Unbundling Legal Services: New Resources for Families, Professionals, Lawyers, and Courts

The number of people representing themselves in court is on the rise, especially in family court. Some people feel they can handle the legal process on their own, or don't trust a lawyer to make things better. And for many, the cost of hiring a lawyer can simply be prohibitive.

In response to these changing realities, lawyers are increasingly exploring alternative means of delivering their services, so people who need access to legal advice and services are not left behind. One of these alternative methods is unbundled legal services, in which lawyers provide services to clients on a task-by-task basis, rather than handling the whole case from start to finish.

To help in the effort to increase the availability and use of unbundled legal services, IAALS' Honoring Families Initiative, in partnership with the Association of Family and Conciliation Courts (AFCC), has developed a series of guides and toolkits that provide families, lawyers, non-legal professionals, and courts the information and resources they need to ensure that everyone can take advantage of unbundled legal services.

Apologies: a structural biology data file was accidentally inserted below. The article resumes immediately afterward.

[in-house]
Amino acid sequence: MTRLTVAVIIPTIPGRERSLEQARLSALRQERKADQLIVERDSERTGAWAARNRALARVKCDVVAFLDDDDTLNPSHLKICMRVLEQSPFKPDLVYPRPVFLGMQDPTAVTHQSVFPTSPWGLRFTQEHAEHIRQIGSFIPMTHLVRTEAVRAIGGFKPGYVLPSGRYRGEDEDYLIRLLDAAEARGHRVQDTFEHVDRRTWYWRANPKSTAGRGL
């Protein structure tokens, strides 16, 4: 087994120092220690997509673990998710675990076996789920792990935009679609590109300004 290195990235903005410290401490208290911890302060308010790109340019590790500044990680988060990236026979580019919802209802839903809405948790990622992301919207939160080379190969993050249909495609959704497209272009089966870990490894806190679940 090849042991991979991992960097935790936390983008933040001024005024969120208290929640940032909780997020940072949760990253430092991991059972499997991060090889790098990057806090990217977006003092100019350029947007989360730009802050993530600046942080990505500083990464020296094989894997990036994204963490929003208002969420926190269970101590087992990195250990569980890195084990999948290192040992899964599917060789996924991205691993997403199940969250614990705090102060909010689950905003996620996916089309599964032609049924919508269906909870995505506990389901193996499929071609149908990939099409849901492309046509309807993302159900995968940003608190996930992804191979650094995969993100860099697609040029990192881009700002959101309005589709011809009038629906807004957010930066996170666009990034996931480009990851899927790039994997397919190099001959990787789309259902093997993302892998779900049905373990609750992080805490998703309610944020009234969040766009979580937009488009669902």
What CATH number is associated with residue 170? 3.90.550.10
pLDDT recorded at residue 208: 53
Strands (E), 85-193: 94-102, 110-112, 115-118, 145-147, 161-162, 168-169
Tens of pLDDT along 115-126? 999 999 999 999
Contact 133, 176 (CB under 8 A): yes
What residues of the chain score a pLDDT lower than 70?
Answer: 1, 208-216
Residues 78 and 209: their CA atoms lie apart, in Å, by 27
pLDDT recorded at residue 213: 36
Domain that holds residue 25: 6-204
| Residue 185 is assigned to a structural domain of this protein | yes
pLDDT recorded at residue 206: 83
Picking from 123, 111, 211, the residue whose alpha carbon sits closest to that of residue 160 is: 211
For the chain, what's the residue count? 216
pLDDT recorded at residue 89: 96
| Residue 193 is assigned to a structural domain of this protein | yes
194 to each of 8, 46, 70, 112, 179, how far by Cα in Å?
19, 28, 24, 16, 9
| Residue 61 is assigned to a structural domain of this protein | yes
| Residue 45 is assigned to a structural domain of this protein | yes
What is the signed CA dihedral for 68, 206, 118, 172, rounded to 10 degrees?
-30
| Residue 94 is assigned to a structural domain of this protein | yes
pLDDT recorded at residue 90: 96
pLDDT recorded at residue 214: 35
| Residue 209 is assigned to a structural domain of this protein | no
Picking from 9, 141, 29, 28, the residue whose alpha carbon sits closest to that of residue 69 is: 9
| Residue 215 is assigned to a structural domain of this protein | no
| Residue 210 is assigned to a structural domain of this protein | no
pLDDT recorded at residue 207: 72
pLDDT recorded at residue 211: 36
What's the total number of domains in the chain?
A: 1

"People who don’t have a lawyer to represent them can often feel adrift in our complex and nuanced legal system," said Chief Judge Janice Davidson (Ret.) of the Colorado Court of Appeals, who helped compile the resources. "By allowing these court users to get help from a lawyer on certain tasks in their case, such as writing a document needed for court or making a court appearance, everyone benefits; a family can save time and resources, lawyers can represent a wider array of clients, and courts can concentrate on providing critical services."

Unbundling Legal Services: Options for Courts, Clients & Counsel contains:

  1. A guide for consumers and parents seeking affordable legal assistance in family divorce and separation cases.
  2. A guide for non-legal professionals on the benefits of this type of legal representation and alternative processes that families can take.
  3. A guide for lawyers on what unbundling their legal services means, why they should offer it, if they can offer it in their location, and how to implement it in their practice.
  4. A toolkit for court leadership that includes ways to encourage, incentivize, and promote courts and legal professionals in their jurisdiction to provide unbundled legal services to clients.

"Unbundled legal services are a vital element in creating more diversity in access to justice," said Judge Peter Boshier, President of the Association of Family and Conciliation Courts. "Their great advantage is that those seeking legal assistance can better control the extent of the service, the cost, and direct it to where they feel their greatest need is. These resources will be extremely helpful to inform users and providers about the opportunities unbundled legal services provide. This project has great merit.”

These valuable resources are available for download from both IAALS and AFCC.